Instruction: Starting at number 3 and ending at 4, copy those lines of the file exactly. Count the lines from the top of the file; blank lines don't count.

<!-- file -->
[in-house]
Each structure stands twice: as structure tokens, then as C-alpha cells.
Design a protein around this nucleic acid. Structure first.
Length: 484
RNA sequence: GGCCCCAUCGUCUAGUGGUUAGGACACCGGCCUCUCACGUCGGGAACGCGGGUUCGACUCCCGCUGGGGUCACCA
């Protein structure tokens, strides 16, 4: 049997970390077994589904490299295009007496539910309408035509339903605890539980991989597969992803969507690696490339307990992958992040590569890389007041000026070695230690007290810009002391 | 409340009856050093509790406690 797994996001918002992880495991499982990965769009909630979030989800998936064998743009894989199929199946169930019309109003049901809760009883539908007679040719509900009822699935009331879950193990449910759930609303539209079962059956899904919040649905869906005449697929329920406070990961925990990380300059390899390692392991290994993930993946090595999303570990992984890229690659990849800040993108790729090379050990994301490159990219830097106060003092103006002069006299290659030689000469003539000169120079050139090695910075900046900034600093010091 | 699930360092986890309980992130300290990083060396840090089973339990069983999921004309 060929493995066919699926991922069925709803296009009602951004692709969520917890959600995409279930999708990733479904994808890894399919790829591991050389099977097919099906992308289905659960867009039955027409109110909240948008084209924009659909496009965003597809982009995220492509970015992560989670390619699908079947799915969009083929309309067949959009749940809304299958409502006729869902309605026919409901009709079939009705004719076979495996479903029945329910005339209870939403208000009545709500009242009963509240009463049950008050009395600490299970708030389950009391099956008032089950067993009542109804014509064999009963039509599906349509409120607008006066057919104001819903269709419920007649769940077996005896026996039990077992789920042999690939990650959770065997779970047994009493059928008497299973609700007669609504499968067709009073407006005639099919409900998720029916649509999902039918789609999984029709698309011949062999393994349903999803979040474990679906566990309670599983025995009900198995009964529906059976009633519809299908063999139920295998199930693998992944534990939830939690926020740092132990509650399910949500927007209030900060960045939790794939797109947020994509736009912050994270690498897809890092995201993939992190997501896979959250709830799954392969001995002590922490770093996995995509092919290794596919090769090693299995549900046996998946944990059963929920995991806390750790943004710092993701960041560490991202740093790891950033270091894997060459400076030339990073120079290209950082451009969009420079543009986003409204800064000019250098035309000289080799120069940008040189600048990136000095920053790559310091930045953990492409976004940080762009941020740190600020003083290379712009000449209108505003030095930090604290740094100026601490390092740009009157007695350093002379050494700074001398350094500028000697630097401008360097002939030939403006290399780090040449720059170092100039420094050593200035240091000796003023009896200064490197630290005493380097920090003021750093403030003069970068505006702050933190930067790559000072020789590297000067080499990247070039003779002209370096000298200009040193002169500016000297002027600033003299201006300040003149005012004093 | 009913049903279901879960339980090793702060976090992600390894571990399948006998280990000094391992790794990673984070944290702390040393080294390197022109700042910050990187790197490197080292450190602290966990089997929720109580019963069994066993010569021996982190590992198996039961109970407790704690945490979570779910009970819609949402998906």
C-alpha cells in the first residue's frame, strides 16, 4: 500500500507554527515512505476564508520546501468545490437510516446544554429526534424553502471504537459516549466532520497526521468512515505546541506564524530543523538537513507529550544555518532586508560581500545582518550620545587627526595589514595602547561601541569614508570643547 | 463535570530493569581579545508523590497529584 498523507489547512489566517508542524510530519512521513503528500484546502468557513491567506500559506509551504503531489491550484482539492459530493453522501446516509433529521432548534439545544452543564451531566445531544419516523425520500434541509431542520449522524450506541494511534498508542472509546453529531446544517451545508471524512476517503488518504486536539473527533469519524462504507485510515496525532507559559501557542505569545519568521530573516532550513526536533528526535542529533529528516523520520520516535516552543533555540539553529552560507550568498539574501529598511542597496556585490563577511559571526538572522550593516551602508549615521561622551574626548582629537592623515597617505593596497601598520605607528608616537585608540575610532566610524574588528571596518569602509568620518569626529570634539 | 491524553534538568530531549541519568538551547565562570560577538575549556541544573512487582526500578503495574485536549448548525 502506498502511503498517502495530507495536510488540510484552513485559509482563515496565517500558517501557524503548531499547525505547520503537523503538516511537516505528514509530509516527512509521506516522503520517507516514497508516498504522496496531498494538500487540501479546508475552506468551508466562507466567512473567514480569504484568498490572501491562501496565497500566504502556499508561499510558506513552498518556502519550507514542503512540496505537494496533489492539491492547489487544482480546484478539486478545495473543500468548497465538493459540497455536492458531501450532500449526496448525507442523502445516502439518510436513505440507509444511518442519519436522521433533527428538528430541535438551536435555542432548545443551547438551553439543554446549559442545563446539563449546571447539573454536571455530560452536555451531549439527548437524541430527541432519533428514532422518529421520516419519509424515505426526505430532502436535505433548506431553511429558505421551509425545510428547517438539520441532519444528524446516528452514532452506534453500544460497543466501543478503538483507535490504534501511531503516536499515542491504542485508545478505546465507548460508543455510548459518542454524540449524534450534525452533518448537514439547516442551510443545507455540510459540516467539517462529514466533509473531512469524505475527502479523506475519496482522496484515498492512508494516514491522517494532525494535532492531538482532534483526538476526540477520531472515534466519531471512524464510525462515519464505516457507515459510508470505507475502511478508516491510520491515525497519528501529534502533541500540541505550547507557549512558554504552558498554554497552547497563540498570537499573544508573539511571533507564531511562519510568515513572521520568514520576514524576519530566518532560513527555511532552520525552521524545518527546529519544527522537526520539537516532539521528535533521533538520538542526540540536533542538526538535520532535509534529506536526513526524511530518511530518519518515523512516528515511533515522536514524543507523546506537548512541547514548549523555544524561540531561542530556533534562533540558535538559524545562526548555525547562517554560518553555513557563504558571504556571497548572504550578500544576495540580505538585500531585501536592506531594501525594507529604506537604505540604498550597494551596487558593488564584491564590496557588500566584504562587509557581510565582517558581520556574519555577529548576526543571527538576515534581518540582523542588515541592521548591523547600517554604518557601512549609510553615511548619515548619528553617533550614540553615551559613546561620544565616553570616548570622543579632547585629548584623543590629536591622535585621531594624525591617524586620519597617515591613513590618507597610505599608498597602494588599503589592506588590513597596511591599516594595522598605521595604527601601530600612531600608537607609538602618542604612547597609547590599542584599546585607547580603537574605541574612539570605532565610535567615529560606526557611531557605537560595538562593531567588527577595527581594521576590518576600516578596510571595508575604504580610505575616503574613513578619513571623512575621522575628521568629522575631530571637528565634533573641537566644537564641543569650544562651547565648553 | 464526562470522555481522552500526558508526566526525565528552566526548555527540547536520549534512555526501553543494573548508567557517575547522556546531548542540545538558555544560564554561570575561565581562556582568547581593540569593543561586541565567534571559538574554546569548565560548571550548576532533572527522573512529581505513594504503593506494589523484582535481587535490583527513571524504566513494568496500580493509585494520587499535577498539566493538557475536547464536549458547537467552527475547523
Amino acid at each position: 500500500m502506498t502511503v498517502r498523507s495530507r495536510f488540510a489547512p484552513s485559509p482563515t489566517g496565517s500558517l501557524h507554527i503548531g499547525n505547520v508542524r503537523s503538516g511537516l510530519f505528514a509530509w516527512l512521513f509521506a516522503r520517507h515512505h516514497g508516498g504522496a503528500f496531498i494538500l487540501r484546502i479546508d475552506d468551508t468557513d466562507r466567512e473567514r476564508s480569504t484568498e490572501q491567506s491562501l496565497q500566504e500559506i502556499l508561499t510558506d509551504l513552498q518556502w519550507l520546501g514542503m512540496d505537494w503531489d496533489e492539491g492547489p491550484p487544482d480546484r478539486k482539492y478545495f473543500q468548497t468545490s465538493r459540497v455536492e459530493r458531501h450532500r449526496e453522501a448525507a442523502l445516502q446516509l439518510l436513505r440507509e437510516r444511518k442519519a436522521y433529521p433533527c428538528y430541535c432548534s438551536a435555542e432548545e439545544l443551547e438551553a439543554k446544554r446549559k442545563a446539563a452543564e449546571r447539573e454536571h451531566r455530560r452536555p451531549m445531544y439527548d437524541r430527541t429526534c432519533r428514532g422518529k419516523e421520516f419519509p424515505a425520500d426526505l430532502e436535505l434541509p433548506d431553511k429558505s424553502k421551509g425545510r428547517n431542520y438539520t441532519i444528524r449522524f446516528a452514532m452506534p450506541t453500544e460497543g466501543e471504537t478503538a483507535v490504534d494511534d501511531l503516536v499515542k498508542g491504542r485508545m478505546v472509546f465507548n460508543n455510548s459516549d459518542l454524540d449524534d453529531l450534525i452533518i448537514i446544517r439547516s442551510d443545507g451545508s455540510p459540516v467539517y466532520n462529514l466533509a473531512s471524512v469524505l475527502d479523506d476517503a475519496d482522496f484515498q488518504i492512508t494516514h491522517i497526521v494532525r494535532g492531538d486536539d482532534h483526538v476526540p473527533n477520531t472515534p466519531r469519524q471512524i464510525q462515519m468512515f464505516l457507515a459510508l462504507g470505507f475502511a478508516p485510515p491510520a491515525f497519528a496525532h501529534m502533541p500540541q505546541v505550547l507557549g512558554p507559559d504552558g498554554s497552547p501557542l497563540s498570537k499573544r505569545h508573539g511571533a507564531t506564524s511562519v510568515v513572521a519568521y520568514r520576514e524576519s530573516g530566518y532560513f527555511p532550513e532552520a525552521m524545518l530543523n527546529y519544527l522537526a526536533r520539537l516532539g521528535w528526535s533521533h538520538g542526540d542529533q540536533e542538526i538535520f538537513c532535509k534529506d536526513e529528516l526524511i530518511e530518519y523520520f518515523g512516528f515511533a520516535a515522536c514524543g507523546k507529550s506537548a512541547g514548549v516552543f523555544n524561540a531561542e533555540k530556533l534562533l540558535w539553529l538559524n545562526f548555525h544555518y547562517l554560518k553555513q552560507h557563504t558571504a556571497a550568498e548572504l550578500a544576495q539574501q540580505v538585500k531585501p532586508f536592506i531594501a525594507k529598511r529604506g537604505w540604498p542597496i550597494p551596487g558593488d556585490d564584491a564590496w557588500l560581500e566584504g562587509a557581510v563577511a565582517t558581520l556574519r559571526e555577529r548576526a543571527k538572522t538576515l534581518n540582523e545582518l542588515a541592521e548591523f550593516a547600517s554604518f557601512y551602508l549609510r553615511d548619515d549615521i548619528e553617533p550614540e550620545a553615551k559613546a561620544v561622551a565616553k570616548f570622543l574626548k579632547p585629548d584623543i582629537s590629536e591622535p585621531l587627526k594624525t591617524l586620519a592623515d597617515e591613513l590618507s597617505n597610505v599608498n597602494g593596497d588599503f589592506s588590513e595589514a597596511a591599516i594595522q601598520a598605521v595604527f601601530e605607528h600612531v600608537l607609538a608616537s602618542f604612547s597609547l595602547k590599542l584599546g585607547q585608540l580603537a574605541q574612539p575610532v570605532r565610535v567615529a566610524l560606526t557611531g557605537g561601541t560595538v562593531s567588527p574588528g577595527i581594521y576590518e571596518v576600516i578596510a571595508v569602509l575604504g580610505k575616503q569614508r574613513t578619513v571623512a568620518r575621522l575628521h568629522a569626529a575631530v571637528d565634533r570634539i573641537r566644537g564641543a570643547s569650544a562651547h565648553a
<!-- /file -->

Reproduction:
Design a protein around this nucleic acid. Structure first.
Length: 484